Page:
The theory in 11 dimensions, M-theory, is different than the four choices classified above because its massless field content is not that of a gauge field but instead, it is a supergravity multiplet. If you require as many as 32 real supercharges, gravitons preserve 16 of them. They can be combined into 8 complexified raising/lowering operators, each of which is able to change the polarization of the spin by 1/2. Eight of them are able to climb by 8 times 1/2 which is by 4 - so the spin must be allowed to go from -2 to +2. Gravitons are the particles that have spin 2.

With so many supercharges, you therefore inevitably end up with a supergraviton multiplet. It has 128 bosonic and 128 fermionic components. The fermionic components coincide with a spin 3/2 gravitino in 11 dimensions while the 128 bosonic components can be split to (9 x 10 / 2 x 1 - 1) = 44 components of the graviton and (9 x 8 x 7 / 3 x 2 x 1) = 84 components of the three-form, an antisymmetric rank-three tensor that generalizes the electromagnetic field.

This decomposition can be derived by rather basic group theory. The field content of a supergraviton multiplet in 11 dimensions has no direct link to the octonions. Because John Baez is obsessed with the wrong idea that the biggest object in any classification of interesting mathematical structures must be linked to the octonions, he can't understand the proper derivation of the field content in 11 dimensions. And that's too bad.

In his new text, John Baez is also irritated by the fact that the 11-dimensional spinors have 32 components. Well, they really do. Any formulation of anything that obscures the 32 components of the spinors in 11 dimensions must inevitably obscure the Lorentz symmetry, too. The reduced number of fermionic components is a result of several physical steps. There may exist a description with 16 components that teaches us an important lesson but it's certainly not guaranteed that there is one.

I think it is simply a misconception to insist that the degrees of freedom should be eliminated from the scratch. Quite on the contrary, many important insights in physics - and mathematical physics! - only materialize when a sufficient amount of work is done. And there's nothing wrong with it. In some sense, we might say that the longer the path from the assumptions to the conclusions, the deeper a result in theoretical physics we deal with.

Another reason why John Baez only wants to work with 16 components of the spinor is that in his optics, such a modified 11-dimensional spacetime looks just like the exceptional Jordan algebra of 3x3 Hermitean octonionic matrices, the algebra whose automorphism group is an E_6. I have no idea why he thinks that this is the right mathematical structure for this case. There's no canonical E_6 symmetry in the infinite flat-space 11-dimensional M-theory, so there can't be any exceptional Jordan algebra, either. For me personally, this simple (failed) consistency checks of the group theory kills the idea and reclassifies it as pure numerology.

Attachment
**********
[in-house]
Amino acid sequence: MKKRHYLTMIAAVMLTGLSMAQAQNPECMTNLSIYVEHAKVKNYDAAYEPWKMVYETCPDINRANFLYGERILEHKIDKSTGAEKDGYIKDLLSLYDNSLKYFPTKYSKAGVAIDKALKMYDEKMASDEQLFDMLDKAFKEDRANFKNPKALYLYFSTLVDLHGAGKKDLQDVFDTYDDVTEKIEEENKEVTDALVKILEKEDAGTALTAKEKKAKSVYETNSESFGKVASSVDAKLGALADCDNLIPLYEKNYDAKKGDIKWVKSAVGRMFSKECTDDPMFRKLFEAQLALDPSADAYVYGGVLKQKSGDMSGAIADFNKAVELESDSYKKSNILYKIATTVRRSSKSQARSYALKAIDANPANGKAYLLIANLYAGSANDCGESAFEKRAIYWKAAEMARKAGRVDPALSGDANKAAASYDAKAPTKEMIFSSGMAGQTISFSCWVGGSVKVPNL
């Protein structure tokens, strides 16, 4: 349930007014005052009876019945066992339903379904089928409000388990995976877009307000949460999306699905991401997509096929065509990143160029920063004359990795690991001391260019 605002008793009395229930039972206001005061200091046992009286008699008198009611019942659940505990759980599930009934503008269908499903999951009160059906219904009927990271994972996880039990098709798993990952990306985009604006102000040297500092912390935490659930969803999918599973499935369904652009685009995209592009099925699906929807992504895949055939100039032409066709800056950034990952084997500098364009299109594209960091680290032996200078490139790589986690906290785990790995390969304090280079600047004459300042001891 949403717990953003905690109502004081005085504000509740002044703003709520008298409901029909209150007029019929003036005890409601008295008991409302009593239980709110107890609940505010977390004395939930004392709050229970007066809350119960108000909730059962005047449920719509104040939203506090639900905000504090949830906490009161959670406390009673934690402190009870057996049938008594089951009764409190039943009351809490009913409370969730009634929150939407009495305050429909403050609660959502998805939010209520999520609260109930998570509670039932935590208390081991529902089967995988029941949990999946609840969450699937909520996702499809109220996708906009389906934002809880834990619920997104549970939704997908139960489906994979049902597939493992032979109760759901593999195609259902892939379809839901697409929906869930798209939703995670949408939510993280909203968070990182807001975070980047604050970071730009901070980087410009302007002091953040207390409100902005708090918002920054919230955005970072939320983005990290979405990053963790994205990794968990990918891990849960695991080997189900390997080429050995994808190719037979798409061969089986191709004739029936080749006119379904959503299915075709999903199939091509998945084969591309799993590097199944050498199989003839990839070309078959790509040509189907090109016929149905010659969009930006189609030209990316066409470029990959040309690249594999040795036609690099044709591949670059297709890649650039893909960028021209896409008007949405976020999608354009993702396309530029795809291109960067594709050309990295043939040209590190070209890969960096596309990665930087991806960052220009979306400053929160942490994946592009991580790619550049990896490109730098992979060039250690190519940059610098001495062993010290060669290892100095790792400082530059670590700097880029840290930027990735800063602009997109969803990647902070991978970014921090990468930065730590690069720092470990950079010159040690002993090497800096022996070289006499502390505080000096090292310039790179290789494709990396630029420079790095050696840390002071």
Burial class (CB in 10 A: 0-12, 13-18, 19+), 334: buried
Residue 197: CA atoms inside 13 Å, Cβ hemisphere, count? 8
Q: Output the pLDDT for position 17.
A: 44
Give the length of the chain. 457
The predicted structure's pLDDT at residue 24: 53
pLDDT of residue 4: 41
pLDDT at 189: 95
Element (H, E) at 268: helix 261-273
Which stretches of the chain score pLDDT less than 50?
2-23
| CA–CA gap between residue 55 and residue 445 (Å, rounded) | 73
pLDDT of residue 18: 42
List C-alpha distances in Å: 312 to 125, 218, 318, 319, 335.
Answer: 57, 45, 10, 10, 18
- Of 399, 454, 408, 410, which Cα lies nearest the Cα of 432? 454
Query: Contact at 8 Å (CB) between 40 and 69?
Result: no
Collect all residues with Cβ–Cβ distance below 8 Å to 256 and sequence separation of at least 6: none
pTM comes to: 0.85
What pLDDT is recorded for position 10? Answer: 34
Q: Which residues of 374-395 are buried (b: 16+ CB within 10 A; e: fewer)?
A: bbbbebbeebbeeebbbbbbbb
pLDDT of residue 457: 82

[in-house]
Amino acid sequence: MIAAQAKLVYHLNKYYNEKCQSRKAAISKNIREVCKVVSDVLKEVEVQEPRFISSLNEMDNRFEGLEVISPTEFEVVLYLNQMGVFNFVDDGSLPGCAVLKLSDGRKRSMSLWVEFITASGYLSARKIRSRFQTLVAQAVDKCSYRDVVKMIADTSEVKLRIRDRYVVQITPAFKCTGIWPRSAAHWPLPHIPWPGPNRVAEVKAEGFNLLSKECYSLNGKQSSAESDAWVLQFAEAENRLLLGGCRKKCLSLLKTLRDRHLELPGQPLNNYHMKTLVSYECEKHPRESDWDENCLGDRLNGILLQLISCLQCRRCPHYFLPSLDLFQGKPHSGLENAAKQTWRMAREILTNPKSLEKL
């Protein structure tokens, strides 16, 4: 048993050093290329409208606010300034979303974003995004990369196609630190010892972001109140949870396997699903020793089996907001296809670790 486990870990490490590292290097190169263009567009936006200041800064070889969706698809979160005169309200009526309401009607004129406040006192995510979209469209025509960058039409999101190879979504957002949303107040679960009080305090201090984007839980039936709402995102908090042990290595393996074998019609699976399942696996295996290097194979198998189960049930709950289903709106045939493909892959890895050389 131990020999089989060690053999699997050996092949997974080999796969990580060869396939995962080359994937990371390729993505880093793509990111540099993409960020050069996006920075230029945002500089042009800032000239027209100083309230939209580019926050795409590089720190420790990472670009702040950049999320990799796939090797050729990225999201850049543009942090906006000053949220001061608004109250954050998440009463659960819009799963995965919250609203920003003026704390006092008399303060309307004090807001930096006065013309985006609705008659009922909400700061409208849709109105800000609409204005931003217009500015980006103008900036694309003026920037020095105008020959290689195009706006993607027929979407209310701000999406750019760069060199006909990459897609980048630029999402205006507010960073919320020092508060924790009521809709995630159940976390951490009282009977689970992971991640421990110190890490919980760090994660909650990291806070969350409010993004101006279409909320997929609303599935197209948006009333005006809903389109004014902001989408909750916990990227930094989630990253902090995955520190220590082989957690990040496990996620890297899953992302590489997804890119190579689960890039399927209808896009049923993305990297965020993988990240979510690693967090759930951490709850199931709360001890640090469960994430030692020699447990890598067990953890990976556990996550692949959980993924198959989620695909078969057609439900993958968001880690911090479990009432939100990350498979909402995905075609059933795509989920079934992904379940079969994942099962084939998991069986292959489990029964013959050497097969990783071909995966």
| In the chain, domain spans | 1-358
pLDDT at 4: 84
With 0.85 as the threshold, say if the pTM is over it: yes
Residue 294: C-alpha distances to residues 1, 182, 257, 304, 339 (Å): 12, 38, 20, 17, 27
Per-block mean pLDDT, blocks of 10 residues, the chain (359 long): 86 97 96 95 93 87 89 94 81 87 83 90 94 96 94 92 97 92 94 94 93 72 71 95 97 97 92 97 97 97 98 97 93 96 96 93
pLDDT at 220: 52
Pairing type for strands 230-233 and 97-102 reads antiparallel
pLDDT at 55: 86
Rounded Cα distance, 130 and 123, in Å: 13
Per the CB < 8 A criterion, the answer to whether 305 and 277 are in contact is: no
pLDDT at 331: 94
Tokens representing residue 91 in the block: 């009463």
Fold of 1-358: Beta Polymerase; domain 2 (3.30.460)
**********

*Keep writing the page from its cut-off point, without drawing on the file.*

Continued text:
You know, your humble correspondent is also attracted by many things linked to the exceptional groups and their importance for the dualities, supergravity, and physics in general. However, when I look at at John Baez's reasoning, I can't fail to see that what he is trying to do is pseudoscience simply because he never eliminates hypotheses that don't work. In his methodology, the appearance of the adjective "exceptional" in any sentence (or an ad hoc link involving physics and exceptional groups) beats any rational argument.

I don't believe that physics in 11 dimensions can be described by a proper research of the octonions. The hypothesis rejected in previous sentence is kind of vague and it is hard to operationally define the criterion deciding whether it's correct or not. Nevertheless, I think that despite its vagueness, it's just morally wrong. The group theory doesn't work.

Many of these vague speculations about the character of various theories - speculations based on superficial similarities with the division algebras etc. - have been explicitly ruled out. These hypotheses were based on "prophesies" of the people who believed that they could immediately see the truth, without serious detailed calculations and arguments - except that they couldn't.

Most of the remaining hypotheses of this kind have led to no interesting results. The breakthroughs in theoretical physics were simply based on different ideas. There exists one more way to describe what I find wrong with the very framework of John Baez's reasoning about mathematical physics and the value of different ideas. He really dislikes insights and arguments that are based on physics: only arguments based on elementary parts of mathematics or geometry, those that people knew many decades ago, are "desirable" or "recommended" by him.